In The Heights Cert: PG, 2hrs 23mins
In The Earth Cert: 15, 1hr 47mins
The Hitman’s Wife’s Bodyguard Cert: 15, 1hr 39mins
There are some who will tell you that the only thing you really need to know about In The Heights is that it comes from the genius-dipped pen of Lin-Manuel Miranda, creator of that global phenomenon, Hamilton.
What I think you really need to know – and, indeed, remember – about In The Heights is that IT’S A MUSICAL!
Which means that some of you are going to hate it from the moment the central character turns directly to the camera, flashes a friendly smile and bids us ‘good morning’ before breaking into his first number.
There are some who will tell you that the only thing you really need to know about In The Heights is that it comes from the genius-dipped pen of Lin-Manuel Miranda
The rest of us, however, are in for a toe-tapping, hip-shaking ball as Miranda, working alongside writer Quiara Alegría Hudes and director Jon M. Chu, introduces us to a Hispanic community living on a Washington Heights block threatened by gentrification and redevelopment, amid a New York heatwave and impending power cuts.
Usnavi (Anthony Ramos), the young shopkeeper at the centre of this enjoyably tangled tale, is dreaming of buying back the hurricane-damaged beachside bar once owned by his late father back in the Dominican Republic.
But where would that leave his unrequited love for the beautiful Vanessa (Melissa Barrera)?
Or, while we’re on affairs of the heart, the similarly unreturned affections of humble taxi-dispatcher Benny (Corey Hawkins) for Nina (Leslie Grace), his boss’s Stanford-educated daughter, the cleverest girl on the block?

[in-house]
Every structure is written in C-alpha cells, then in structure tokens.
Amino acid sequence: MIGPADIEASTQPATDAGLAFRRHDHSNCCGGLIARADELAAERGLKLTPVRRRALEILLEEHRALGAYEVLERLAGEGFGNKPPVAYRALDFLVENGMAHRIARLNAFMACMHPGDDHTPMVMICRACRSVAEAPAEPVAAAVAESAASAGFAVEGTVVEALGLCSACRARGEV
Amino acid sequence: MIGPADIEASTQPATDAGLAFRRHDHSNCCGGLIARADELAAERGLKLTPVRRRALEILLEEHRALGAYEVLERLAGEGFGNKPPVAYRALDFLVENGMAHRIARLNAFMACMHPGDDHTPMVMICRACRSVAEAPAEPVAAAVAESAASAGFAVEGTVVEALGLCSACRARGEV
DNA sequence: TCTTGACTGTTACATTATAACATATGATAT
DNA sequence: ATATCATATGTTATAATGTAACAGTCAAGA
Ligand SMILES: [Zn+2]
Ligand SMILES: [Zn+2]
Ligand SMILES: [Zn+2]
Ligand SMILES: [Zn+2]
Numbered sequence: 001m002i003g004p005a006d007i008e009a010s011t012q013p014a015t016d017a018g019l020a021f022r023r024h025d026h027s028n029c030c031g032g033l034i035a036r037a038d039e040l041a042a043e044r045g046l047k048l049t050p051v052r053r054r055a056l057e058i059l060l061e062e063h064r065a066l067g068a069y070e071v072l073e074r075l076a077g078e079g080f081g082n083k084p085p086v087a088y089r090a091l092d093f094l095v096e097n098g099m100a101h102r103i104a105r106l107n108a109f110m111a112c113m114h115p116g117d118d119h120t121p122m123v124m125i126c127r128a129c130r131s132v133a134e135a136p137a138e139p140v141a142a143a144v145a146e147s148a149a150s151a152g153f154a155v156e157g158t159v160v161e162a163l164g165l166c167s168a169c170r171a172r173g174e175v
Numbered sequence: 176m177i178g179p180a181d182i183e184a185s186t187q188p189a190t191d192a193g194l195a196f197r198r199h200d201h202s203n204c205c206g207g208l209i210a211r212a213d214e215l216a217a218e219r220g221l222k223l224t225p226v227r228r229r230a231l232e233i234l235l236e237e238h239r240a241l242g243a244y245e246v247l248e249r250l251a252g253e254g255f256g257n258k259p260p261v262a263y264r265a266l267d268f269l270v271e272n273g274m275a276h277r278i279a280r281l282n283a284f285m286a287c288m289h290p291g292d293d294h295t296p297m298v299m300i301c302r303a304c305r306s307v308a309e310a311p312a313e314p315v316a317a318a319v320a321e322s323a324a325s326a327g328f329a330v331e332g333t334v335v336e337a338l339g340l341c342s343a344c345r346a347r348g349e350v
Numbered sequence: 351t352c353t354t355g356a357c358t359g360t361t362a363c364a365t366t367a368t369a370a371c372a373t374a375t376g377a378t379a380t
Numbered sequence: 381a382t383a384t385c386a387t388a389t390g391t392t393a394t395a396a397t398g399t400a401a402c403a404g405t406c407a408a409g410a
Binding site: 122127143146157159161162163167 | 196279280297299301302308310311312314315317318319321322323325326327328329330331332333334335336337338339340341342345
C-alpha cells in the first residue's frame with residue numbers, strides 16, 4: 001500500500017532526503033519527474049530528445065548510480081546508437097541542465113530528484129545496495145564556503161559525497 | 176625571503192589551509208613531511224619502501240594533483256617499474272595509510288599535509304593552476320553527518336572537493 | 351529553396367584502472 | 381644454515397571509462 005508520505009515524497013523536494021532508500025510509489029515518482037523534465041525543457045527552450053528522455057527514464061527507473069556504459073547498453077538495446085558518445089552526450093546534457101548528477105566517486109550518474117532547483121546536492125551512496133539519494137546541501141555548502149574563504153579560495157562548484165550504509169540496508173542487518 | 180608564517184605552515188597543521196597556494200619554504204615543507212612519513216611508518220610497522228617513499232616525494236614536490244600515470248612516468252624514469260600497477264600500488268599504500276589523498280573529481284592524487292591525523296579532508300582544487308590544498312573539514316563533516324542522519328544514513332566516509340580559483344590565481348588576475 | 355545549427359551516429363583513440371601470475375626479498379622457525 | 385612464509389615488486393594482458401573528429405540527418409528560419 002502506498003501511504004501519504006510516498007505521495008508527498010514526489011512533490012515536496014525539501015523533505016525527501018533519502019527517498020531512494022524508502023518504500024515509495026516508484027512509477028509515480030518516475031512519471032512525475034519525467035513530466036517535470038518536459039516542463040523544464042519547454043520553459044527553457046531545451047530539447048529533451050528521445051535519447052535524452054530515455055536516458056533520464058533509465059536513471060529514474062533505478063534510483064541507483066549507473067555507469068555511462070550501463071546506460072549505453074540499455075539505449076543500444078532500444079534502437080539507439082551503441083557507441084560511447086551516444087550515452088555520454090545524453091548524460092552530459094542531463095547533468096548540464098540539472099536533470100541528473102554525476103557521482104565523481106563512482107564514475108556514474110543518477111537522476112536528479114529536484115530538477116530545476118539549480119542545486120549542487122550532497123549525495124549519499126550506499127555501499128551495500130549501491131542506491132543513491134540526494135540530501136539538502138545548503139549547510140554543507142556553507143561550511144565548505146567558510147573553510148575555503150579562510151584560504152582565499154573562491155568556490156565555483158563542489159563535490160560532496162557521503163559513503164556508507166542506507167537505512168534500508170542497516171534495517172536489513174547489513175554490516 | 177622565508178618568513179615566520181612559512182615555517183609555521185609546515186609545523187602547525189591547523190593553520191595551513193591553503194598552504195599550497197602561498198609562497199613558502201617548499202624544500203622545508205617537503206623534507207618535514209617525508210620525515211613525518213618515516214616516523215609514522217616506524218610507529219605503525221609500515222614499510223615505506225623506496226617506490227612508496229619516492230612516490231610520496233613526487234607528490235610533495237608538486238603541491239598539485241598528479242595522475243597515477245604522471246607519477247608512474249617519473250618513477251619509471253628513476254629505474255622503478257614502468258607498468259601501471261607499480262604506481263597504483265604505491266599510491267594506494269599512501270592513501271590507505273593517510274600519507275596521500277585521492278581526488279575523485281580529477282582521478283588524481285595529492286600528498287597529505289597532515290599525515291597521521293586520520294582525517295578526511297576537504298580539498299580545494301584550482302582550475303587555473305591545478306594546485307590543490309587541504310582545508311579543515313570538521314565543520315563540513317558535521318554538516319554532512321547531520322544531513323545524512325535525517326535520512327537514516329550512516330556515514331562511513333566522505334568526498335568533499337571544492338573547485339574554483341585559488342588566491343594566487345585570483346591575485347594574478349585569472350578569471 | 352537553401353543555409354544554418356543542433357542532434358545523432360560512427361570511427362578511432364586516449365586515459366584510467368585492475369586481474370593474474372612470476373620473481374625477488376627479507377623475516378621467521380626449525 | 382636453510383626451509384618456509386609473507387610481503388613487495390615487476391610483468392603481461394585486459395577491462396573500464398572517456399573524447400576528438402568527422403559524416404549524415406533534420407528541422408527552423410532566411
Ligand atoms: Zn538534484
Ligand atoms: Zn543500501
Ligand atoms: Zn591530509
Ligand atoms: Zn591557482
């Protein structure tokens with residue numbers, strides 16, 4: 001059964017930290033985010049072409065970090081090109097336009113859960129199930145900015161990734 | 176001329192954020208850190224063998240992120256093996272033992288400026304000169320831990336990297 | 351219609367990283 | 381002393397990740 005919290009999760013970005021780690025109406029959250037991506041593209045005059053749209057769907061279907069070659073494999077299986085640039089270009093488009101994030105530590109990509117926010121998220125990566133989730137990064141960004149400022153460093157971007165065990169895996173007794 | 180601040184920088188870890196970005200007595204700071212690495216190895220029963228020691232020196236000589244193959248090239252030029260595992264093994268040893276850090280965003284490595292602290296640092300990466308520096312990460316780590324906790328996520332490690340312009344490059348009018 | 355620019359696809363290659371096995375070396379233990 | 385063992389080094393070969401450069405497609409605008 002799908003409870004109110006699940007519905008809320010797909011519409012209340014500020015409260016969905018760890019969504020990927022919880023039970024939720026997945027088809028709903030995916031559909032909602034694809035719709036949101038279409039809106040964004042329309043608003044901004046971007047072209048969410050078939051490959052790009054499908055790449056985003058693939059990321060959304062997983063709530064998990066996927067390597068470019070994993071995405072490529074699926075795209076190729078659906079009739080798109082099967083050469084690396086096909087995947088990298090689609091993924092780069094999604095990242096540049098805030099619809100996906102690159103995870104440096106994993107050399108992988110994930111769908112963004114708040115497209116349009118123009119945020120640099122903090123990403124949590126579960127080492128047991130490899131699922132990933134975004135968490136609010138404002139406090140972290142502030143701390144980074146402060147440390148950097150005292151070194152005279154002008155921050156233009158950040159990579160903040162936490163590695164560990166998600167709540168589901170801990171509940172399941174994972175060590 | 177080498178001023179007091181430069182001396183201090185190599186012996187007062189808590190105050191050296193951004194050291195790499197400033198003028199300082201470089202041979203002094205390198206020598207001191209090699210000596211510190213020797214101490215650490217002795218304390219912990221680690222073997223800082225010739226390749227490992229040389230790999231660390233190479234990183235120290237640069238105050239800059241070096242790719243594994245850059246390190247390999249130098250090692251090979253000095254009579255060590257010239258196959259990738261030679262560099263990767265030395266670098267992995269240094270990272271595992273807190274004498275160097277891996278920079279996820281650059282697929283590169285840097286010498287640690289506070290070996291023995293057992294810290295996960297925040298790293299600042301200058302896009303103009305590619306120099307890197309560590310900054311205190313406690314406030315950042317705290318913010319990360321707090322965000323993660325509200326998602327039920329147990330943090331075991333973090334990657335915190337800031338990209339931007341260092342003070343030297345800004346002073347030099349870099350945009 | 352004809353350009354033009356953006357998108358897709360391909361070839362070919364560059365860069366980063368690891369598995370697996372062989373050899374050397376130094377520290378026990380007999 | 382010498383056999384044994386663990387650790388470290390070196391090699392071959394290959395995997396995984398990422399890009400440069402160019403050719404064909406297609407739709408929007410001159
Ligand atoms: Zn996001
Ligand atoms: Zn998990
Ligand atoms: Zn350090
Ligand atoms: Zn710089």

The fun takes a while to get going, and eventually it does slightly outstay its welcome, but a long middle section, full of numbers that alternately prompt tears and make you wish you’d been paying better attention in salsa class, is an absolute delight.
Go see it, but remember: IT’S A MUSICAL!
In forestry circles there is a growing acceptance of the initially outlandish-sounding idea that the roots of forest trees are all joined by a huge network of interconnecting fungi that might even allow trees to communicate with each other.
It’s been dubbed the wood wide web. Clever, huh?
Well, director Ben Wheatley appears to have stumbled across the idea, super-charged it and used it as the basis for In The Earth, one of the most original British horror films of recent years.
Cross The Wicker Man with Apocalypse Now and you’re heading in the right sort of direction.
It’s not always an easy watch – the pace is slow, the performances low-key and it’s all a bit bonkers. But as scientific researcher Martin (Joel Fry) and his guide Alma (Ellora Torchia) venture deeper into the wood, you’re pretty sure there’s something nasty waiting for them.
In The Hitman’s Wife’s Bodyguard, Ryan Reynolds, Samuel L. Jackson and Salma Hayek reunite for a comedy-thriller sequel that this time around sees hitman Darius Kincaid (Jackson) kidnapped by the mafia and his potty-mouthed wife, Sonia (Hayek), needing the help of bodyguard Michael Bryce (Reynolds) to rescue him.
The only problem is, Bryce has been in therapy and has given up violence.
In The Hitman’s Wife’s Bodyguard , Ryan Reynolds, Samuel L. Jackson and Salma Hayek (above) reunite for a comedy-thriller sequel
Expect global conspiracies, Antonio Banderas as the main baddie and an unlikely appearance from Morgan Freeman amid the enjoyable but instantly forgettable, popcorn-flavoured fun.